This Virginia teacher ran more than 100 miles to raise college scholarship money for her students

Posted at 11:47 AM, May 03, 2024
and last updated 2024-05-03 18:57:48-04

LOUISA COUNTY, Va. — There is no denying Kate Fletcher found her calling. The English teacher at Louisa County High School shares her passion for writing and reading with her students.

“I’ve been teaching here just shy of 20 years,” Fletcher said. “The real reason I keep teaching year after year is because I enjoy helping young people and getting to know them.”

But some of Ms. Fletcher’s most important lessons are taught far from her classroom. Year after year the athlete goes the distance for her students. 

“I run for so many different reasons. It feels like I open up my mind. It brings me a kind of peace,” Fletcher said.

Ms. Fletcher embarks on an ultra run every year.

“I think it sometimes feels really meditative,” Fletcher said. “It is often solitary. Yes.”

Her muscle-aching effort raises thousands of dollars in scholarships for graduating seniors.

In 2016, Kate Fletcher ran around the school track.

The goal was 40 miles. 

The next year Kate set her sights on 50 miles.

She even ran to the State Capitol in Richmond.

Katie Fletcher
Louisa County teacher and runner Katie Fletcher

“I never expected it to get as big as it did,” Fletcher said. “It is about doing something really hard. And not quitting when I want to and learning that I’m stronger than I thought.”

The 49-year-old teacher’s most ambitious Lion Pride Run to date took more than a day.

“I ran to the Lincoln Memorial in Washington, D.C. and that was 105 miles.”

When the course takes its toll the thought of her students in need provides an extra push.

“And that is absolutely motivating to me,” Fletcher said.

Katie Fletcher
Louisa County teacher and runner Katie Fletcher

Fellow teacher Meredith Williamson helps Fletcher with logistics along the way.

“She never ceases to amaze me. She is the energizer bunny,” Williamson said. “There is not a selfish bone in her body I think she would give the shirt off her back if it would help a kid.”

This spring Fletcher channeled her inner Patriot.

”It is hard to explain why a woman is dressed in colonial clothing and a bright green and yellow tutu,” Fletcher said. 

Katie Fletcher
Louisa County teacher and runner Katie Fletcher

She retraced the 40-mile ride of Revolutionary War hero Jack Jouett who warned Thomas Jefferson at Monticello of approaching British troops.

“I think it was fun for them to see history come to life,” she said.

Dozens of Louisa County students and Mr. Jefferson himself welcomed Katie the next morning.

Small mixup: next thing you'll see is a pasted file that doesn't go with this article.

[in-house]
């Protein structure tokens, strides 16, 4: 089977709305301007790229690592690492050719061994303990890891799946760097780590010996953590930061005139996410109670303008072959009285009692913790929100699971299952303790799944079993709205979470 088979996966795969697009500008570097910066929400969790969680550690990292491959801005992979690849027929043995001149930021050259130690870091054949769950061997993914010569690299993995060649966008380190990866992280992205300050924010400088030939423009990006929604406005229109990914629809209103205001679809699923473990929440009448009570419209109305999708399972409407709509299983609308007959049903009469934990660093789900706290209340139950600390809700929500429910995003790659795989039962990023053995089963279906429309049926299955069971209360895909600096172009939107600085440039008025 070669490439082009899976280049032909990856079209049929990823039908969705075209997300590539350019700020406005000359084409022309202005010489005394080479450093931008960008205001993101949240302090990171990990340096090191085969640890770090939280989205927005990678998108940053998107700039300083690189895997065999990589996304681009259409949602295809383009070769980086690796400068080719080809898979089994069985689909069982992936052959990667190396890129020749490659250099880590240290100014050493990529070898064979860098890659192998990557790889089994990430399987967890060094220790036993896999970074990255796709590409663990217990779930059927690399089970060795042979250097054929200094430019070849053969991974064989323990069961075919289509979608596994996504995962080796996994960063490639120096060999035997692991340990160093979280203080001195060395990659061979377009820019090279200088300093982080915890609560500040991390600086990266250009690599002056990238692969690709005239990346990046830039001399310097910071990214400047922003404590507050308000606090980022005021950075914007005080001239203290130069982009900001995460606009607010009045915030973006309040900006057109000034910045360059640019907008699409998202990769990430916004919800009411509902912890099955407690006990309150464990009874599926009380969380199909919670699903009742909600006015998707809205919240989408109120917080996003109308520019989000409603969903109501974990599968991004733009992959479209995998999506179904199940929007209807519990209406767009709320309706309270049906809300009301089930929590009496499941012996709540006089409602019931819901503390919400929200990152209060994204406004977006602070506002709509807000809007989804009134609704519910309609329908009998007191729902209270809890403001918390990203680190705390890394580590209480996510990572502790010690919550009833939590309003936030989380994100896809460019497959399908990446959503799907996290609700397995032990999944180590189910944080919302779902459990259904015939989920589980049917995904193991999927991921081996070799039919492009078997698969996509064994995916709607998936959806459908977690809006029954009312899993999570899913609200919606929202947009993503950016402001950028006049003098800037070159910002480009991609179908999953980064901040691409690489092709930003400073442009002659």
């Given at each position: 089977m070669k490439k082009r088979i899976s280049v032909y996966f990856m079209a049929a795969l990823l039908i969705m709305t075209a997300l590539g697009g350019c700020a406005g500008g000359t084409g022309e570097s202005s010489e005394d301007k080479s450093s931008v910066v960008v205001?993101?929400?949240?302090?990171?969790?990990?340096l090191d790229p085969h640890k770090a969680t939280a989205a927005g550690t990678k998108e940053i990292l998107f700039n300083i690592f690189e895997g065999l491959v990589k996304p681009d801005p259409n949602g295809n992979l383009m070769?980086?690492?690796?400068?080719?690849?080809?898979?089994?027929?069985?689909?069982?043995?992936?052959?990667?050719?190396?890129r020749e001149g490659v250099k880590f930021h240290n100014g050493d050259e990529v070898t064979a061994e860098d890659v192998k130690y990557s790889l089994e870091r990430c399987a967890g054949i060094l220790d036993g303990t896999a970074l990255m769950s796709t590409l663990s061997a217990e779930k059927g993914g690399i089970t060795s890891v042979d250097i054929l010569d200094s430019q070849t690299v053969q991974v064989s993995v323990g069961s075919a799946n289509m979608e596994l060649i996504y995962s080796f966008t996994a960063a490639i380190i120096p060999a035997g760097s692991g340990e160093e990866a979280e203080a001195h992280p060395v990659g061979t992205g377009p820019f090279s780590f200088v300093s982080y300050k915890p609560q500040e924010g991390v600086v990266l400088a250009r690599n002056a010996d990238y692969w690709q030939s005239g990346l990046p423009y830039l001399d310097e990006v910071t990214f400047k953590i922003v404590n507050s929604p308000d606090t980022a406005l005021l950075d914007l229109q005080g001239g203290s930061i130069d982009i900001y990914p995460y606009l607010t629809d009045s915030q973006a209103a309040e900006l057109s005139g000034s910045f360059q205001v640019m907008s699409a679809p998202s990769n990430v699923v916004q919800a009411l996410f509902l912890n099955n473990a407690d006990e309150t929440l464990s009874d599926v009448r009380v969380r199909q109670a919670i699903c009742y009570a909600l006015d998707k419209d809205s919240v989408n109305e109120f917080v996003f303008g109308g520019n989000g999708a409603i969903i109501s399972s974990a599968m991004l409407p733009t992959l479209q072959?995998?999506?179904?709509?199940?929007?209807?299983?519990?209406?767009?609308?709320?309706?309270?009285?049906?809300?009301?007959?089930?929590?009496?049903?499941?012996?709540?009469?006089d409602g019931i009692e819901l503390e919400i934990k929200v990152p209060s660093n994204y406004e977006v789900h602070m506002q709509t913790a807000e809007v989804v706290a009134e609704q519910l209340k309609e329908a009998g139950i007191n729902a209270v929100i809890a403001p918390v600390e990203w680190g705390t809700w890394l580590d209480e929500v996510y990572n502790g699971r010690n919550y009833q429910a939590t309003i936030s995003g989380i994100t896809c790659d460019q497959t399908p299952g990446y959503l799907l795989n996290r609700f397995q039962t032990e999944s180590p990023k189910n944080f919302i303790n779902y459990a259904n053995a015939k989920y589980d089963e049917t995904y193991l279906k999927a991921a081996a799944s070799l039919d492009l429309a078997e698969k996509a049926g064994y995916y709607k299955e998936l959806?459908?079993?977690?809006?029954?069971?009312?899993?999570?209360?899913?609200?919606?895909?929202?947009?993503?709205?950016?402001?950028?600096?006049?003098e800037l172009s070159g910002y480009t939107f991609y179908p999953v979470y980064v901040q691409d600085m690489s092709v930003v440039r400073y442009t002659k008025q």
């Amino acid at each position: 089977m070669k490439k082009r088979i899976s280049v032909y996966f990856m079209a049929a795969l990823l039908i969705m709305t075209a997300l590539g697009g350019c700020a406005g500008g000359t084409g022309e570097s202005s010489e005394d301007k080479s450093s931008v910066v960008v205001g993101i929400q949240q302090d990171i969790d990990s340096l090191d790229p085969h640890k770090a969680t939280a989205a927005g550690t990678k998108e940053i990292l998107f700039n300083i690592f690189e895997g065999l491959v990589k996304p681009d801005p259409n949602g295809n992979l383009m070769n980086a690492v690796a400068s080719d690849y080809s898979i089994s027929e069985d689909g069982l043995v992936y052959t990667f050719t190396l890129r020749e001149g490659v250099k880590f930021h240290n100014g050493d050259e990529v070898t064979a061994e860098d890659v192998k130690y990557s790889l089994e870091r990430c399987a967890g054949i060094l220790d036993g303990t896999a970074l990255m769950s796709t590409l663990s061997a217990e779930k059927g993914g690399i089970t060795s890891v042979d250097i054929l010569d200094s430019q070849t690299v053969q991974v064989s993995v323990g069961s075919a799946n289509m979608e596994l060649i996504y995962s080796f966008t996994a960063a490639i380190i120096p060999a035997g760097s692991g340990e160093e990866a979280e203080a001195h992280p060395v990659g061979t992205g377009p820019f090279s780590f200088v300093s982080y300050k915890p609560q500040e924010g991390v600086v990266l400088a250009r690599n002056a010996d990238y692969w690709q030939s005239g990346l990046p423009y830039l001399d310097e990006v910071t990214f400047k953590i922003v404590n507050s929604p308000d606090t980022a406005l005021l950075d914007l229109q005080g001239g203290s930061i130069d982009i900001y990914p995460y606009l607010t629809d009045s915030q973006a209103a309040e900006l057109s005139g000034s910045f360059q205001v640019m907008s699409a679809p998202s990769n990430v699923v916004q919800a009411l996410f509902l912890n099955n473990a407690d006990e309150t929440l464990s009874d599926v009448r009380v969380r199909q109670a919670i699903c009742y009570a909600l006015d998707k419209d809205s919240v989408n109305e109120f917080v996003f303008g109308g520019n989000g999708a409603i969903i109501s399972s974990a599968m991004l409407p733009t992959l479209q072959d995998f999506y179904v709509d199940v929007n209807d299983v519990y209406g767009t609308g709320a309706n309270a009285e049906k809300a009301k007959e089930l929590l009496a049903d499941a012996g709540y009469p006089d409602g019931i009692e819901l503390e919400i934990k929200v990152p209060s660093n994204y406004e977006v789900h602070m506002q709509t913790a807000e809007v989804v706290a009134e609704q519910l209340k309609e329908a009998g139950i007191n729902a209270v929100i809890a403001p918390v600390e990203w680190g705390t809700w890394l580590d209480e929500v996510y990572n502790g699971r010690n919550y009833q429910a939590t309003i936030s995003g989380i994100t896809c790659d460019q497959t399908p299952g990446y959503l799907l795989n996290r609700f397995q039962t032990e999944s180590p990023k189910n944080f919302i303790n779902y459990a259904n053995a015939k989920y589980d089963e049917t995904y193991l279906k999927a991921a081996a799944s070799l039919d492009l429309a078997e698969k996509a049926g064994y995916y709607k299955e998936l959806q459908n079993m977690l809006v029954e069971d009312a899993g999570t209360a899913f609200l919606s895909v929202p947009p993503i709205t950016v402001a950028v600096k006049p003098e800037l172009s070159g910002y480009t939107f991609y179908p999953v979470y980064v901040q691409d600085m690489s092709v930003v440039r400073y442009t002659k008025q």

”It is just kind of amazing to marvel at how the students react to her when she arrives. It gives them a sense of “Oh my gosh. If she can do it so can I.’”

Katie Fletcher
Louisa County teacher and runner Katie Fletcher

“That feeling of being a part of something larger than myself is what I’m probably mostly intensely feeling at the finish line,” Fletcher said.

Louisa County High School Principal Rodney Redd marvels at Ms. Fletcher’s dedication.

“Her passion and her energy reverberate throughout the entire building,” Mr. Redd said. “I think she has some of the highest levels of intestinal fortitude I have ever seen.”

Fellow Louisa teacher Olivia Grubbs finds inspiration in tracking Fletcher’s progress.

“Hard things will come and they’re going to come. Just keep pushing forward because you can do it. That is something she taught me,” Grubbs said.

The 2020 graduate of Louisa High School is also one of more than 70 of Katie’s former students who has benefitted from a Lion Pride Run Scholarship.

“Being a teacher she taught me what it is like to work hard and try your best. But I think even more as a human she taught me what it means to care for people,” Fletcher said.

She is an educator pouring her soles into each lesson plan.

“Everyone can find that outlet in their life that brings them peace and makes them happy. Brings them some kind of joy,” Fletcher said. “The day we hand out the scholarships is probably my second favorite day after the run.”

Kate Fletcher is an English teacher who takes the run-on sentence to heart.

”We even have a saying about the run that there is not a real finish line that it always continues," she said.

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